The Academy Is – Leeds Cockpit

By paul

Every date on this tour has sold out, even after many venues had been upgraded. To say this tour is the hottest ticket around is pretty fair, and mainly because of one band – Panic! At The Disco. It’s odd how a band have gone from absolute nobodies to the next big thing in a matter of months, something I think the band themselves haven’t actually grasped yet. P!ATD are huge. Like teenybopper huge. There are rows and rows of young girls here queuing to get into the 500-capacity venue and they’re here for one reason.

Which is a shame because both of the other bands on this tour are better live. THE JUNIOR VARSITY are on Victory and while their CD is good but not great, live they take things up a notch. While their song structures are quite like The Get Up Kids, live they add in a dose of Moneen and a pinch of Armor For Sleep. The band are not only heavier on stage, but more ‘alive’ too; keyboardist Nick bangs his head in time to the music and vocalist Asa is a bundle of (drunken) energy. TJV will certainly win lots of new friends on this tour if they carry on performing like this (8).

As JV end, the throngs of young girls forcefully make their way to the front. The bar is pretty much empty, mainly because the number of over 18s in the audience is in the minority. Let’s get this straight; I love ‘A Fever You Can’t Sweat Out’. It’s not even a guilty pleasure, it’s a real life pleasure. It has everything I want to listen to in a pop-punk CD – who cares if they rip off a tonne of bands and have the production knobs turned up to the max? PANIC! AT THE DISCO are fun, fun, fun, but I half expected to be let down by their live performance – and I wasn’t wholly wrong. ‘ The Only Difference Between Martydom and Suicide is Press Coverage’ sounds weak – the guitars are too low and the samples just don’t sound powerful enough. Brandon, maybe a little surprisingly, is actually a very good vocalist, but something is missing – the power the band have on record just isn’t matched on stage. Needless to say, the kids lap it up. They sing every single word. P!ATD are still good fun, but early on they don’t justify their new found God-like status. However, they get better as soon as Brendan picks up a guitar and they play as a full band. ‘Camisado’ and ‘I Write Sins Not Tragedies’ spark near hysteria, but are performed with the energy you;d expect of a pop-punk band. ‘Lying is The Most Fun A Girl Can Have Without Taking Her Clothes Off’ isn’t too bad, but with technical problems blighting them – covered up by Brendan playing KC and JoJo songs – they finish with ‘Build God, Then We’ll Talk’ and that’s it – no ‘Time To Dance’ or a host of others. Far too short, but P!ATD prove they may well be able to win over the doubters in the long-term…(7.5)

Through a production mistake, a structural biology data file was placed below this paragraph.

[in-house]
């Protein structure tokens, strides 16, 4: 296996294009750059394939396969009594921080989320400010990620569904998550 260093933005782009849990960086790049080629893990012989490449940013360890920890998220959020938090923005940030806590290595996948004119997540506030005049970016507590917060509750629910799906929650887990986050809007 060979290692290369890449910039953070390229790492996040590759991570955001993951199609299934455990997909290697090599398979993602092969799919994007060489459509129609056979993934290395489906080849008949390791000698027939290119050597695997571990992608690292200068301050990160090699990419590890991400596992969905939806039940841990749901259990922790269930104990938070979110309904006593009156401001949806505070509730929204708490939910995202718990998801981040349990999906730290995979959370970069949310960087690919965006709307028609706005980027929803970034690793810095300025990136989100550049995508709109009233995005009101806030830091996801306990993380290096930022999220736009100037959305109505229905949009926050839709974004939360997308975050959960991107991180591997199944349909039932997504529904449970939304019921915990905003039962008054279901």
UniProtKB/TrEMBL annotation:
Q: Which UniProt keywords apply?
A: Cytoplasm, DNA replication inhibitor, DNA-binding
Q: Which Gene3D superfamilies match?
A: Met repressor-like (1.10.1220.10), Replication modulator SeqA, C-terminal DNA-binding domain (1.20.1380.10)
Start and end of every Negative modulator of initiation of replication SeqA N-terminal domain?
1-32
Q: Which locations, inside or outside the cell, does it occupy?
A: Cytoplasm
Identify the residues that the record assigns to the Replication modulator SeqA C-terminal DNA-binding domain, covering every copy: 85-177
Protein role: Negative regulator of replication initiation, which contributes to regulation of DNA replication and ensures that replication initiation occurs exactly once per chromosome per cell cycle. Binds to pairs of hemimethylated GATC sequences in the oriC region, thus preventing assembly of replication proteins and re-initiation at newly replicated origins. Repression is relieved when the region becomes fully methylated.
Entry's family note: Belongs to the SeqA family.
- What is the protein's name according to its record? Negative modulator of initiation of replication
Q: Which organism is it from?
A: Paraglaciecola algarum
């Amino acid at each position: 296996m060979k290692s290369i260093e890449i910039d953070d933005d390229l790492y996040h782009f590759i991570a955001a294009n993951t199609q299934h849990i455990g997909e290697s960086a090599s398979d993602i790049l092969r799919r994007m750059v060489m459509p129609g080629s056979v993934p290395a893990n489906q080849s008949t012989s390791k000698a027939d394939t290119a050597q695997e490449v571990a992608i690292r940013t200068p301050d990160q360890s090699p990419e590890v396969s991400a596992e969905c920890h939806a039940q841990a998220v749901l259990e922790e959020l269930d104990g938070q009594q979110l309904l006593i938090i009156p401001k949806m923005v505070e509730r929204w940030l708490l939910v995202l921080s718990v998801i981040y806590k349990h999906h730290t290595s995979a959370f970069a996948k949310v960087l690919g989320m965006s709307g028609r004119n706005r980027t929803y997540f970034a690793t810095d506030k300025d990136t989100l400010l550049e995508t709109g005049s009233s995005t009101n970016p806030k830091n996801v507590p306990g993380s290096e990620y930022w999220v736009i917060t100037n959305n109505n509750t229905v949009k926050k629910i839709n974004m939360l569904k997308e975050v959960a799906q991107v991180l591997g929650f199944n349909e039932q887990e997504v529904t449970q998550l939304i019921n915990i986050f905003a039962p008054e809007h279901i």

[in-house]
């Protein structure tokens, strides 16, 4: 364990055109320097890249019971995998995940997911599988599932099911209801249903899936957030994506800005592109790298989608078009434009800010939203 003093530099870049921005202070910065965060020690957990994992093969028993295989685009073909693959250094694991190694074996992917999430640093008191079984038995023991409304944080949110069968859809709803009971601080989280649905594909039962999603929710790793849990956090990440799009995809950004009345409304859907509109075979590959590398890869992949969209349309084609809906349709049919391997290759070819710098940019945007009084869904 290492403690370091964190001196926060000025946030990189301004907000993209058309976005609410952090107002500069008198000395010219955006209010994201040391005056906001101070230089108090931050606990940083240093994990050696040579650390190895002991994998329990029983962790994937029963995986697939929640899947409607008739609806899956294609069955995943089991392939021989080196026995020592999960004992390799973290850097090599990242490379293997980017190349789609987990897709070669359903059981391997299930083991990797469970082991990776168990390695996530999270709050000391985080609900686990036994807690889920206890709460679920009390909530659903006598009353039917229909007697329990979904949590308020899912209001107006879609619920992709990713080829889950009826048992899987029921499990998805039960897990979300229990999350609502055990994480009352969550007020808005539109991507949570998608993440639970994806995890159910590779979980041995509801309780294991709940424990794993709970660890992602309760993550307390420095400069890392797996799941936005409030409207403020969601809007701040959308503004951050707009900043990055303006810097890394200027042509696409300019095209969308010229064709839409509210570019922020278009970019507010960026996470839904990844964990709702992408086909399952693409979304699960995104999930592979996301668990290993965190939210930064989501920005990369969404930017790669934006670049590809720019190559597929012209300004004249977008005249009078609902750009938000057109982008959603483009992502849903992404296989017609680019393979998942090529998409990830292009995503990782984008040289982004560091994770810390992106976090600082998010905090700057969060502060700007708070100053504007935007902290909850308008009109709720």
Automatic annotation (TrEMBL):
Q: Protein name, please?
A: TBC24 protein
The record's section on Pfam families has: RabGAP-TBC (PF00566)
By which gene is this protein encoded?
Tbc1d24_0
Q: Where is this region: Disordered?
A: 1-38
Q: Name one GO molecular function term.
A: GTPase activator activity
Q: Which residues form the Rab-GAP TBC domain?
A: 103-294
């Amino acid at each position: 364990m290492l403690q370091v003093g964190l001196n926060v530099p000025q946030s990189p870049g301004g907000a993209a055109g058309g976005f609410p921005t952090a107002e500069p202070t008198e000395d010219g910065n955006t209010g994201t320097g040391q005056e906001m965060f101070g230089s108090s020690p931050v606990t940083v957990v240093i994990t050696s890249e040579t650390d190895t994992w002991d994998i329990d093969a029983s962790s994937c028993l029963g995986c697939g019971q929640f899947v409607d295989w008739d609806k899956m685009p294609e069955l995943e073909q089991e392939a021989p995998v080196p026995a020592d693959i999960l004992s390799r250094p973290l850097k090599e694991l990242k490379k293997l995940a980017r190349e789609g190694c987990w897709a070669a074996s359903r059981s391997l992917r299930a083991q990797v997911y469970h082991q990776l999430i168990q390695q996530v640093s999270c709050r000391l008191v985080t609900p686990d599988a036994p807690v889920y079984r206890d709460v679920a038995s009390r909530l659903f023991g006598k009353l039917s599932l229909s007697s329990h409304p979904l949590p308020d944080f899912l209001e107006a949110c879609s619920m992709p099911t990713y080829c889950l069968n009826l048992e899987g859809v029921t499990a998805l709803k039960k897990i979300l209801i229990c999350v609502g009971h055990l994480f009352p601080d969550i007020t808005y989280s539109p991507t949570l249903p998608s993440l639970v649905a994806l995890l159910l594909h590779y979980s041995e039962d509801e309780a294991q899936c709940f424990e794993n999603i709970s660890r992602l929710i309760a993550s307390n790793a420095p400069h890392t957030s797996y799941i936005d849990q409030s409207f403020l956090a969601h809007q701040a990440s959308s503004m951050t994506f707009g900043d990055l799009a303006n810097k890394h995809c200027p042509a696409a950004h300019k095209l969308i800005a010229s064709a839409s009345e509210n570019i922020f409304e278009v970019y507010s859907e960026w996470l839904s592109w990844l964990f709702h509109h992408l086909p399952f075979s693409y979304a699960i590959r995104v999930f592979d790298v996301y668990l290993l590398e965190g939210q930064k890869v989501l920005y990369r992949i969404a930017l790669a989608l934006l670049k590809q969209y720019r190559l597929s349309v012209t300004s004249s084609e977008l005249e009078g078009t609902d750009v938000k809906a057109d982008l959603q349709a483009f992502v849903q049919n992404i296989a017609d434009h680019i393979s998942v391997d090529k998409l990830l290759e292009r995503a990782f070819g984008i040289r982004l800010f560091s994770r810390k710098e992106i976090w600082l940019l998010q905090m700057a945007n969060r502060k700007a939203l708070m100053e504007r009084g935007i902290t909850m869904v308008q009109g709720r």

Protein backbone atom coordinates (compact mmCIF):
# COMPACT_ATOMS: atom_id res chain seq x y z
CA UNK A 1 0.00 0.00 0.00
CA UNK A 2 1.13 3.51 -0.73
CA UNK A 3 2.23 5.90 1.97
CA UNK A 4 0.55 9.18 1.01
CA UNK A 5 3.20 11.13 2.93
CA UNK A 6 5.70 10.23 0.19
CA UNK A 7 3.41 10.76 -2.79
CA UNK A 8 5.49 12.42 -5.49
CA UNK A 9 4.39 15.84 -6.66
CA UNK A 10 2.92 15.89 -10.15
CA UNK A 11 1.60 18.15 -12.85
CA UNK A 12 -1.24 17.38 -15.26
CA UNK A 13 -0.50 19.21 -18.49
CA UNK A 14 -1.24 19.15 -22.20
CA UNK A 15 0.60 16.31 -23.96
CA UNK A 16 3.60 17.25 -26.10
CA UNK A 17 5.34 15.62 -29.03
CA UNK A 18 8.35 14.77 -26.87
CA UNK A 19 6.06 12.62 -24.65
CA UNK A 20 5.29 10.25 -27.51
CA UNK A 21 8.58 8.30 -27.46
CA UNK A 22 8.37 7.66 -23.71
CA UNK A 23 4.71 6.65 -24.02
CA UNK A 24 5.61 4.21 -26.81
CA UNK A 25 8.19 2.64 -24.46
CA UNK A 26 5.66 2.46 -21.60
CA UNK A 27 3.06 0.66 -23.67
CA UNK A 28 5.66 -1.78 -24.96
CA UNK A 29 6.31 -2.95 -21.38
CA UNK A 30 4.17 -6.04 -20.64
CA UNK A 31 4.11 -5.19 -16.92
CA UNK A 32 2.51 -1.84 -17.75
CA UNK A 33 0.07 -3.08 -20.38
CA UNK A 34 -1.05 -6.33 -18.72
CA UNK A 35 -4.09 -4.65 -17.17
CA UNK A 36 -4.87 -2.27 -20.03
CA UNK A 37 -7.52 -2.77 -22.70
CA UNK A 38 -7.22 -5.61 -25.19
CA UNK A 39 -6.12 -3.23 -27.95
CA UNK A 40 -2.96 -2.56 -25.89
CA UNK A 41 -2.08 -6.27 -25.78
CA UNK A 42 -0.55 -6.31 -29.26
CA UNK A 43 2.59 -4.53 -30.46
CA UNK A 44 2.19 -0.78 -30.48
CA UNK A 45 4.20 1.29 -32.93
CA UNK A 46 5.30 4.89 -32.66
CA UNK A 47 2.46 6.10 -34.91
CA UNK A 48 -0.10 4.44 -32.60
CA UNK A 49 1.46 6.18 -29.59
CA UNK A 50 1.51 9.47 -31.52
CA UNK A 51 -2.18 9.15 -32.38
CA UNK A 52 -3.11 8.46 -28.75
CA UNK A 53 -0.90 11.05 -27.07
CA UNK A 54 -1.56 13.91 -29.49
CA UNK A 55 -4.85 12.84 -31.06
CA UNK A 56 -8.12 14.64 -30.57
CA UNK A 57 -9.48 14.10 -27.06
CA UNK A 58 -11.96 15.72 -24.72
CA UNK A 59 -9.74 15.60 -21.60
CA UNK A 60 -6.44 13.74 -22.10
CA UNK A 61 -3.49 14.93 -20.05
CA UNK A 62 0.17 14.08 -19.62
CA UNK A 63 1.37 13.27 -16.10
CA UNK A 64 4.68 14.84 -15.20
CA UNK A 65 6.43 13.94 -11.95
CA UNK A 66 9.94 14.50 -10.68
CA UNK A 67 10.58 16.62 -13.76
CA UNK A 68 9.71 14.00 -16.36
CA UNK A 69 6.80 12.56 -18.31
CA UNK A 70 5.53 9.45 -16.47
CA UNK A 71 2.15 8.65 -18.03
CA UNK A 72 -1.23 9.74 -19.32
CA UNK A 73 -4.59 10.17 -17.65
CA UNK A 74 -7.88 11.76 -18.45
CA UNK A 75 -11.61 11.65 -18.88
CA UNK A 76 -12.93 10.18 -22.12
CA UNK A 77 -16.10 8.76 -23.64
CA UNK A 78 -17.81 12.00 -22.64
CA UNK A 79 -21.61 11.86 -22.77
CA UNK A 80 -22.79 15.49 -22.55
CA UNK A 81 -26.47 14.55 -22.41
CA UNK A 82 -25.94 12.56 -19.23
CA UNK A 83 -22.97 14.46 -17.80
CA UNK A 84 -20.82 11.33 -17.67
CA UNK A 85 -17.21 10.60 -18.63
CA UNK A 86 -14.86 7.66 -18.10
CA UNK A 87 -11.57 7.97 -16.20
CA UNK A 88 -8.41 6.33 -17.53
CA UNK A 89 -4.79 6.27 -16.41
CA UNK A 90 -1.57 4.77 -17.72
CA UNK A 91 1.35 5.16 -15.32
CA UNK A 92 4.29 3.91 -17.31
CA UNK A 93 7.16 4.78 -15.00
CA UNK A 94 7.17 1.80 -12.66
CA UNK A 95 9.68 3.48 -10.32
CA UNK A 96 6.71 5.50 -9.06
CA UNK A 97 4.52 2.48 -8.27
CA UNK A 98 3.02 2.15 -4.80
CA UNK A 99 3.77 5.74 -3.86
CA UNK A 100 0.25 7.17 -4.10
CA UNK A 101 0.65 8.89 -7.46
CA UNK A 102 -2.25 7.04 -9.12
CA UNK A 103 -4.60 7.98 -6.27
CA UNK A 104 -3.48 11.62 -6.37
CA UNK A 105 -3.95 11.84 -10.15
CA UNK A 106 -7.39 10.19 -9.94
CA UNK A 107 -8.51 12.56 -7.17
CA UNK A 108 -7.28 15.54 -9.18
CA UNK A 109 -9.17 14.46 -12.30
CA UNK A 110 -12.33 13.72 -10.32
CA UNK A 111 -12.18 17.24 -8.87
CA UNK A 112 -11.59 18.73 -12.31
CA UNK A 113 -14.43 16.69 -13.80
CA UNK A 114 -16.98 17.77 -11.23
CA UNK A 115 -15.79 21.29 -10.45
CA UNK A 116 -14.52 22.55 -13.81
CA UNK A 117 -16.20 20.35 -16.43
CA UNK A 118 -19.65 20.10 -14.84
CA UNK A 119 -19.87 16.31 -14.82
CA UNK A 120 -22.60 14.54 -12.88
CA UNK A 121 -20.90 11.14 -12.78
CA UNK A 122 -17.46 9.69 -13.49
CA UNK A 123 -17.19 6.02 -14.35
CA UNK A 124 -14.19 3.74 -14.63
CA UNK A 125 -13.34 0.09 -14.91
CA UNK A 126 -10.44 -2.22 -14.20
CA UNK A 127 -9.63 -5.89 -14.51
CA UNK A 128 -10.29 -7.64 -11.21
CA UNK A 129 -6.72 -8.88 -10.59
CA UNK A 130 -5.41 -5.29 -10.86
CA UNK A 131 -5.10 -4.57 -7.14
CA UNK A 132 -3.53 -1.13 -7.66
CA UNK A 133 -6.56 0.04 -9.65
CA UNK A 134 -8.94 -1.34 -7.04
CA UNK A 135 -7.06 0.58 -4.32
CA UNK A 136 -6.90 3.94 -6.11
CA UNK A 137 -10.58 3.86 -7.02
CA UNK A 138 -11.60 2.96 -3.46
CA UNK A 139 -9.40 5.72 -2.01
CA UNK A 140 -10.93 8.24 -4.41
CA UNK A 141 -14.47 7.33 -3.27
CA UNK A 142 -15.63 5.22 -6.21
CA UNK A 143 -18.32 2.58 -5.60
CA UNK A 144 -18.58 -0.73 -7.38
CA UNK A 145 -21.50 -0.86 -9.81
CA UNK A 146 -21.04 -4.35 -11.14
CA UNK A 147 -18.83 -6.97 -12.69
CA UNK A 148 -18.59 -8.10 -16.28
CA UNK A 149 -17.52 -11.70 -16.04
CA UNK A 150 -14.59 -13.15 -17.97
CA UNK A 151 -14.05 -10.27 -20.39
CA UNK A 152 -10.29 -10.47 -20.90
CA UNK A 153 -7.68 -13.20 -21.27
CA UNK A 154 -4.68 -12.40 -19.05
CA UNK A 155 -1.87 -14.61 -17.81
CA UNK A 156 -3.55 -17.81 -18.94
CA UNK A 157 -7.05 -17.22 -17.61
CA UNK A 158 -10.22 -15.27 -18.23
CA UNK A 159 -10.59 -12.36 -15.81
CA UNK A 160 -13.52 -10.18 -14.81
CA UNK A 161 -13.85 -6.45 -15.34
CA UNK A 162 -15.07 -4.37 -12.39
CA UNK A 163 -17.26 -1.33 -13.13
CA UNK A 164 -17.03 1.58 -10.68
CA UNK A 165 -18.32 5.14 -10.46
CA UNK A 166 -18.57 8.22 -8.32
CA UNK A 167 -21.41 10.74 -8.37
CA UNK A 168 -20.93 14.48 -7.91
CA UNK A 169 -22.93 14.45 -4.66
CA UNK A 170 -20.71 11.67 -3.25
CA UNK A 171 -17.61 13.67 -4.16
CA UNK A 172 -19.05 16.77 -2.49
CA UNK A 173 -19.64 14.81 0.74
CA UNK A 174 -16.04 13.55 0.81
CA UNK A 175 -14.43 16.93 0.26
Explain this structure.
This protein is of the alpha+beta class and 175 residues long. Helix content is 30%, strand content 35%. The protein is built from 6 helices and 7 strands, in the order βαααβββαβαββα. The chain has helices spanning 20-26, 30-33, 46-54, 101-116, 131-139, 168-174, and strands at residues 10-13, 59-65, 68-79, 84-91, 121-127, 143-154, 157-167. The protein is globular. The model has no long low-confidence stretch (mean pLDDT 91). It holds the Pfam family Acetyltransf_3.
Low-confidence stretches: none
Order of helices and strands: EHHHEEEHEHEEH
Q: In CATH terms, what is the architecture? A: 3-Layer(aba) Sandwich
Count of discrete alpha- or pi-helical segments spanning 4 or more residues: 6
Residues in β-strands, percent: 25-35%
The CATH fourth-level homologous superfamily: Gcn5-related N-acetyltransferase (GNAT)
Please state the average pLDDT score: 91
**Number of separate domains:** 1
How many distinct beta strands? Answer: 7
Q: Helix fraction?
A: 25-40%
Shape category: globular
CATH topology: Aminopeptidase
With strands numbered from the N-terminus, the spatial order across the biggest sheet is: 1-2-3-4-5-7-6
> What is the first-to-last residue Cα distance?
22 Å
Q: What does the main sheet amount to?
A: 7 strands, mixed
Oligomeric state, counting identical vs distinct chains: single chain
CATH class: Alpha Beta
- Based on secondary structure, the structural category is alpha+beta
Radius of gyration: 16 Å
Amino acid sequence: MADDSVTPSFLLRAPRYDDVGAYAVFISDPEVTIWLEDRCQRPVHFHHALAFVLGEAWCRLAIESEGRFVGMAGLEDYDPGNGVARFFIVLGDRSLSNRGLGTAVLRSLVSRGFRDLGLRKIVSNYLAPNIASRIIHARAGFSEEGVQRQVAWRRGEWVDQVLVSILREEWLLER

THE ACADEMY IS… have the campest frontman I have ever seen. But to be fair to William Beckett, he’s actually very good. Very, very good infact. He throws himself around the stage with a swagger and confidence Panic! need to grab hold of. The band run through the vast majority of their ‘Almost Here’ album over the course of an entertaining 50-minute set. ‘Season’ and ‘Classifieds’ are well received, while new song ‘The Fever’ is given its first ever airing. TAI are a good band, but I think they lack a certain something to take them to the next level. Live, Mr Beckett prowls and dances like his life depends on it, making them a hell of a lot more interesting. ‘The Phrase That Pays’ and ‘Black Mamba’ spark singalongs too, proving TAI are another band that seem to have cracked the UK without any official releases or promotion. Somebody, somewhere, is doing something right… (8)